Where's my digital LF? Film for me. :p


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pwm2
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Jun 13, 2011 01:01 |  #69

Tony-S wrote in post #12583442 (external link)
Way to cover your backside.

Not at all.

1) I did write "There are no physical limitations stopping digital sensors from matching what is possible with film." Pysical limitations should clearly indicate that I did not bind me to any release year. Besides light level sensors, there are sensors with multiple sensels/pixel to handle different dynamic range. And there are sensors that performs multiple AD conversions.

2) This thread is named "How much longer can film last". Not "What year was film fully matched by digital sensors." Also an indication that the timing was open.

Digital sensors can be made much better than the current ones. But there are many issues. Cost is a major issue. Especially since we want rather large, and high-resolution sensors. The question is how much time it will take to get the start of the art in dynamic range to be available in a sensor with a suitable size and with a suitable pixel count and suitable readout rate and a suitable price. But the sensor technology as available in current cameras have not reached the physical limitations.

An open issue here is that people expect noise from film. But require noise-free photos from digital sensors. That also means we always wants to push our sensors to the max - expose to the right - to minimize noise. That makes it hard for camera manufacturers to release digital sensors with a logarithmic ADC or with extra dynamic range reserved for clipping protection. Us users would compare such a sensor with existing sensors and complain about extra noise in the shadows.


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jasongraaf
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Jun 13, 2011 01:06 as a reply to  @ Chippy569's post |  #70

Why do painters still use paint and canvas when they could do it better, quicker and easier on a computer (with the added benefit of an undo button)? You could get rid of all of those ugly textured brush strokes *cough-grain*. You wouldn't get paint *cough-chemicals* all over your hands. After buying an expensive computer *cough-dslr* it would be free since you don't have to pay for paint and canvas *cough-film*.....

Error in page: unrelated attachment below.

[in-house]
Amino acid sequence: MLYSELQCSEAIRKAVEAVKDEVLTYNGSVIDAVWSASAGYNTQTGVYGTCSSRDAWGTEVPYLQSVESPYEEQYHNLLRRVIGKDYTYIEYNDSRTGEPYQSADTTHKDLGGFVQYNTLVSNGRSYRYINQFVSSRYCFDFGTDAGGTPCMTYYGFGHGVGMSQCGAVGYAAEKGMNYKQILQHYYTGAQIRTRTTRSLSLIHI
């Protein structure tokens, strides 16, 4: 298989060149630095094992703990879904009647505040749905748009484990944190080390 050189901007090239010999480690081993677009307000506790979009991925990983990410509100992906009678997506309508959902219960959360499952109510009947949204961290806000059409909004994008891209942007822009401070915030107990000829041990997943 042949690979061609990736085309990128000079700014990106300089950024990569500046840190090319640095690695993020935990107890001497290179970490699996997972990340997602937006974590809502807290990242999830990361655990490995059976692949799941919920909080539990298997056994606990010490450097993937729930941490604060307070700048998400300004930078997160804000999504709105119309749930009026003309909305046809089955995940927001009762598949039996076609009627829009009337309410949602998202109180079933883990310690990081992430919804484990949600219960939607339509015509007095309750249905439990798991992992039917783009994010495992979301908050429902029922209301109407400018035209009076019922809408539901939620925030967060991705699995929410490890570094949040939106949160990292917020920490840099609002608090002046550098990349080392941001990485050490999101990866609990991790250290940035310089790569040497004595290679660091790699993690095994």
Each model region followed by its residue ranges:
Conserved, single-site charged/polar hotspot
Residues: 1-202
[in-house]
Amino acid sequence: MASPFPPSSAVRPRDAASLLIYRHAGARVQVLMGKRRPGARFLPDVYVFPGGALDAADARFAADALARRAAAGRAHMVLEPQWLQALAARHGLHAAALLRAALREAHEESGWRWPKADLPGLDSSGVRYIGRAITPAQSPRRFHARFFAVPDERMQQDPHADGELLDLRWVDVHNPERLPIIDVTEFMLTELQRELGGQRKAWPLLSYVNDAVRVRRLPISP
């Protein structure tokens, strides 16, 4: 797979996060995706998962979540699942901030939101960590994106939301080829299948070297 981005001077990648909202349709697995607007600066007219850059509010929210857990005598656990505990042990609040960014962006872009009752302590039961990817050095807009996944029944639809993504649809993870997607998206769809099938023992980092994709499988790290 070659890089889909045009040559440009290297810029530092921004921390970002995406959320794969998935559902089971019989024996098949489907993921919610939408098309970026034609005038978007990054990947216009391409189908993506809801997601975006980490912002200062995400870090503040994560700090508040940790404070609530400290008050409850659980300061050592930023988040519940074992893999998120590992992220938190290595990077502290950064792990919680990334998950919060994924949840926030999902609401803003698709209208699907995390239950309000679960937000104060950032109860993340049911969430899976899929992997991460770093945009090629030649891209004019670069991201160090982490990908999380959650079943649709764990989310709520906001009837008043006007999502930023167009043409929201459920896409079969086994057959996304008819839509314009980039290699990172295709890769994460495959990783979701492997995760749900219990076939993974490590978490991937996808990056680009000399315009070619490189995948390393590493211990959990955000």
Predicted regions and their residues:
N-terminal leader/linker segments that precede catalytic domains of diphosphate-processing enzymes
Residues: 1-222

See where I'm going with this? I think the only difference is that many of the 'photographers' that buy the newest DSLR's and hang out here are more technicians at heart than artists.

I see film being whittled down to a single manufacturer (probably Kodak, and maybe another specializing in black and white) with a couple different lines of film like Kodak's VC and NC, both positive and negative.


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jasongraaf
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Jun 13, 2011 01:10 |  #71

pwm2 wrote in post #12583541 (external link)
An open issue here is that people expect noise from film. But require noise-free photos from digital sensors.

That's because noise is ugly and grain is beautiful. ;)
Also see my argument about aspiring photographers in the DSLR world being technicians. Noise is just one more area to quantify who's best.


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pwm2
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Jun 13, 2011 02:07 |  #72

jasongraaf wrote in post #12583557 (external link)
Why do painters still use paint and canvas when they could do it better, quicker and easier on a computer (with the added benefit of an undo button)? You could get rid of all of those ugly textured brush strokes *cough-grain*. You wouldn't get paint *cough-chemicals* all over your hands. After buying an expensive computer *cough-dslr* it would be free since you don't have to pay for paint and canvas *cough-film*.....